Pour boiling water over porcini in a bowl and soak until softened, 10 to 20 minutes.

Meanwhile, wrap celery, parsley stems, thyme sprig, peppercorns, and bay leaves in a piece of cheesecloth and tie with string.

Lift out porcini, squeezing excess liquid back into bowl, and rinse to remove any grit. Pour soaking liquid through a sieve lined with a dampened paper towel into another bowl.

Make stock:
Transfer roasted vegetables to a 6- to 8-quart pot and add wine to roasting pan, then deglaze pan by boiling, scraping up brown bits, 1 to 2 minutes. Add wine to vegetables in pot along with water (4 quarts), porcini and soaking liquid, bouquet garni, sun-dried tomatoes, and 2 teaspoons salt. Bring to a boil, then simmer, uncovered, until stock is reduced to about 6 cups, about 2 hours. Pour through a fine-mesh sieve into a large bowl, pressing firmly on and then discarding solids.

Make sauce:
Melt butter in a 3-quart heavy saucepan over medium heat and whisk in flour, then cook roux, whisking, 3 minutes. Add stock in a stream, whisking constantly to prevent lumps, then bring to a boil, whisking. Reduce heat and simmer, whisking occasionally, until slightly thickened, about 10 minutes. Season with salt and pepper.

Thanksgiving Roundup

I officially have the entire weekend off. No SAT lessons or driving to San Diego to film for Stonefield. Just me and a keyboard all weekend. Needless to say, I'm pretty excited by the prospect. I've walked Mel (which was lame because the Rangers were out handing out tickets for dogs off leash so Mel didn't get to do any of the running around she desperately needed after being cooped up in the house yesterday on account of the rain), made my pot of coffee and I'm chomping at the bit.

So to begin...a bit of Thanksgiving roundup. This year was a Moser Thanksgiving year - it'll be a Kramer Christmas - so I headed down to SD Tuesday night bearing far more recipes than were really necessary. It's all Alison's fault. I had emailed her a list of dishes that we could make, expecting her to cull it down to a reasonable number for 10 people, but instead she responded with something along the lines of: that all sounds great! Seriously people, I need saving from myself, otherwise when it comes to the Holidays I will cook until I drop. It's like a sickness. But a rather delicious one.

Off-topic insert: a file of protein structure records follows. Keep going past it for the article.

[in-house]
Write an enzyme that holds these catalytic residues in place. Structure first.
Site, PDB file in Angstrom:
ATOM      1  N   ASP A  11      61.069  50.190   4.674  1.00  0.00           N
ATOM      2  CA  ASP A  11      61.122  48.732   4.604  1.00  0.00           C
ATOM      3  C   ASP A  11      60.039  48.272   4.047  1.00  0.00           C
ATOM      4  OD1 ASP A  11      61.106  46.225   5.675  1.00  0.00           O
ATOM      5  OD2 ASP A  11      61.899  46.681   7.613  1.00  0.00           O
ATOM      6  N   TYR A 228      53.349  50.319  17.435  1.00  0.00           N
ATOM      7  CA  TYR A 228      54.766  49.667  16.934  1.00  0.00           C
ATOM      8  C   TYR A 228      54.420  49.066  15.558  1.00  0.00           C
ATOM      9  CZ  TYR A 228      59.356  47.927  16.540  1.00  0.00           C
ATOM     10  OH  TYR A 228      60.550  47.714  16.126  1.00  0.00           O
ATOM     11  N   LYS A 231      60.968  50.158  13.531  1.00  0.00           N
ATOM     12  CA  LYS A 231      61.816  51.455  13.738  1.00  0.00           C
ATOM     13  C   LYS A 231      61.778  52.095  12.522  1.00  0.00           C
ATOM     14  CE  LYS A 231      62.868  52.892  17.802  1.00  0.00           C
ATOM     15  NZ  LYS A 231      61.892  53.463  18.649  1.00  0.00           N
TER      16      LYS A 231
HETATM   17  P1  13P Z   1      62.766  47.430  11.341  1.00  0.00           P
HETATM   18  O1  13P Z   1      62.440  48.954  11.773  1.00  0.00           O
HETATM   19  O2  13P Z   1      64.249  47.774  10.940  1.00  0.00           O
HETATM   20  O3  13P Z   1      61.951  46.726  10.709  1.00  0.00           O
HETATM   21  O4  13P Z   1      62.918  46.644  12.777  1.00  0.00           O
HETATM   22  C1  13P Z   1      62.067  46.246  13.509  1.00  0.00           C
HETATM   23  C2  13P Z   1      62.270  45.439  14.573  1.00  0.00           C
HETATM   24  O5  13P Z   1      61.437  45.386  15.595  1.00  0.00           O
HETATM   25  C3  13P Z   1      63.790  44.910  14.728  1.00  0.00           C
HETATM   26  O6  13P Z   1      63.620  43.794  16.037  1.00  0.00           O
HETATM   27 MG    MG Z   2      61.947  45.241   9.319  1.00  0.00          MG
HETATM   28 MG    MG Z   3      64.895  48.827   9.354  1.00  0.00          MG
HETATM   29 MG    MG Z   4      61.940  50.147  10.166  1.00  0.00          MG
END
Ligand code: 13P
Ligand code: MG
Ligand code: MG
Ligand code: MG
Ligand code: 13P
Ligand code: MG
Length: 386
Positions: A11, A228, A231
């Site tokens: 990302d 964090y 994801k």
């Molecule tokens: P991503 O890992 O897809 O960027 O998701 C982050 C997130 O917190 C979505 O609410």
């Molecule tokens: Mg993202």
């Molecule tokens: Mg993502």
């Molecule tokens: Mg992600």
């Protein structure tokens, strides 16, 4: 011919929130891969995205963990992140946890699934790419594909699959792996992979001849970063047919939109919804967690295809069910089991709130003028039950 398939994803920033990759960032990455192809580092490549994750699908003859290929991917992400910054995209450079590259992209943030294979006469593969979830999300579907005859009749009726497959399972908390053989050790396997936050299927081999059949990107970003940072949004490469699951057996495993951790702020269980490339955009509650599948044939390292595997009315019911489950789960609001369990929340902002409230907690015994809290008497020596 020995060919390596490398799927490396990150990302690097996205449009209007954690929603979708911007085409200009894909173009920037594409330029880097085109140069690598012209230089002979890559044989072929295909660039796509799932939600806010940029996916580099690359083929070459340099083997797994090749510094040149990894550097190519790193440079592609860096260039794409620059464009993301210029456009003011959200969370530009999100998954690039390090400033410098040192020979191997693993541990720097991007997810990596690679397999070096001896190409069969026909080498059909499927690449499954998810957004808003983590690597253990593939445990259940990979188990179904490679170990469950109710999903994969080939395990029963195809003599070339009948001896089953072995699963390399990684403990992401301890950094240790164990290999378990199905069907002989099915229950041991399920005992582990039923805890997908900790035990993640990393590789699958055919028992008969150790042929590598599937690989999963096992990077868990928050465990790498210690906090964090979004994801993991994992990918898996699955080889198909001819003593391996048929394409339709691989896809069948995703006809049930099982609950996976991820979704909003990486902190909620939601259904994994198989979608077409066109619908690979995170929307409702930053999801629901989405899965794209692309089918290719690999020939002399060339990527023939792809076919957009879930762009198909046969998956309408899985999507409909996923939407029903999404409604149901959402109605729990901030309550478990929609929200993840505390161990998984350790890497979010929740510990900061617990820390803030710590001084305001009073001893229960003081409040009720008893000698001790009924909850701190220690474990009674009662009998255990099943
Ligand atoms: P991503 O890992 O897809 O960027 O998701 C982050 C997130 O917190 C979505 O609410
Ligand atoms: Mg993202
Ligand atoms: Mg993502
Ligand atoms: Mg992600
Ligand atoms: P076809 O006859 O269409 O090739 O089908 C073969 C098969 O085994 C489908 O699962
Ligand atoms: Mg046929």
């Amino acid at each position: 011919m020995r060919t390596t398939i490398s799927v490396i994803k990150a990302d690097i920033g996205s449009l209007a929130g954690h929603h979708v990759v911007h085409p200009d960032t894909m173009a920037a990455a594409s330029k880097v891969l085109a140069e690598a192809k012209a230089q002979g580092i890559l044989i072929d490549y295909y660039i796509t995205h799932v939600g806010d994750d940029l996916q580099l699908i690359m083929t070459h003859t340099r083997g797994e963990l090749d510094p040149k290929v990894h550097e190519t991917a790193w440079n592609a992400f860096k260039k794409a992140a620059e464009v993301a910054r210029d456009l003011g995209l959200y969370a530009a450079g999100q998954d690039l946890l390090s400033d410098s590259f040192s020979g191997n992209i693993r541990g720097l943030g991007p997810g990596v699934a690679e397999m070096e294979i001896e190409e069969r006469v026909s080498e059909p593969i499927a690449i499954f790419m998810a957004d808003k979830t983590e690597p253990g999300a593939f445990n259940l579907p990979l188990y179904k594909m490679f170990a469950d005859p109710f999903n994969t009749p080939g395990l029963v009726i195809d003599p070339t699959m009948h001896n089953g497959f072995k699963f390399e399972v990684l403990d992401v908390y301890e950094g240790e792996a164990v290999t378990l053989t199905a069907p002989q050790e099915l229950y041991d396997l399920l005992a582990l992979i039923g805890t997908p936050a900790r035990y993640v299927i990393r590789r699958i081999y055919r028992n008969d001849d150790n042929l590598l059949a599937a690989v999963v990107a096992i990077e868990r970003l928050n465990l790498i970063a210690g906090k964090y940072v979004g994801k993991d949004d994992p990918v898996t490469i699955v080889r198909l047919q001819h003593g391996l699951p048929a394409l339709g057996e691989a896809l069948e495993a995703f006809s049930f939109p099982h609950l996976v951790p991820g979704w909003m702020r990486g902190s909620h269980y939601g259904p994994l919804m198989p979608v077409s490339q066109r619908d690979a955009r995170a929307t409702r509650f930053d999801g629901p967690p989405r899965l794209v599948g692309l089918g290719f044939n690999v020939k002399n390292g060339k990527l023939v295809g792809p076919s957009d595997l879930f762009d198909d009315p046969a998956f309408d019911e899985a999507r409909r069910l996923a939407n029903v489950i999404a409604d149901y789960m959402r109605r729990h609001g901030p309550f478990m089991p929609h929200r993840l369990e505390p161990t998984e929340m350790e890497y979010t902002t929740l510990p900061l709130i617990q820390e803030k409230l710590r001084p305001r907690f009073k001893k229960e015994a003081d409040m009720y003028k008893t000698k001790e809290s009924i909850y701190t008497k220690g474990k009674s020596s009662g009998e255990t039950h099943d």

Brussels Sprouts, Onions, Peas and Sweet Potatoes....Heaven? I think so


Goat Cheese Crostini w/Grapefruit and Black Pepper Marmalade
Crudite with Mom's dill dip

Main Course
Turkey Breast (prepared by the CBTS Mosers - a funny story in an of itself, but one I won't get into)
Cashew Nut Loaf (a Moser vegetarian classic)
Pumpkin Stuffed with Vegetable Stew

Sides and Sauces
Hazelnut, Sage and Mushroom Stuffing
Plain Jane Mashed Potatoes
Bourbon-Walnut Sweet Potato Mash
Gratinéed Mustard Creamed Onions
Brussels Sprouts Hash w/Caramelized Shallots
Green Peas
Rice Pilaf
Cranberry Sauce with Port and Tangerines
Roasted Vegetable Wine Sauce
Portobello Mushroom Gravy

Butter Lettuce and Arugula with Gorgonzola, Pears and Candied Pecans

Roasted Sweet Potato Cheesecake with Maple Cream
Apple Pie

For the record - that's 18 dishes for 10 people. Overkill? Perhaps. But look at how happy those people are:


Thanks to Alison and her quick thinking with the camera, I actually have pictures of the event. I'm going to post some of my favorite recipes in separate posts today and tomorrow. They're all worth hanging on to for future Holiday events.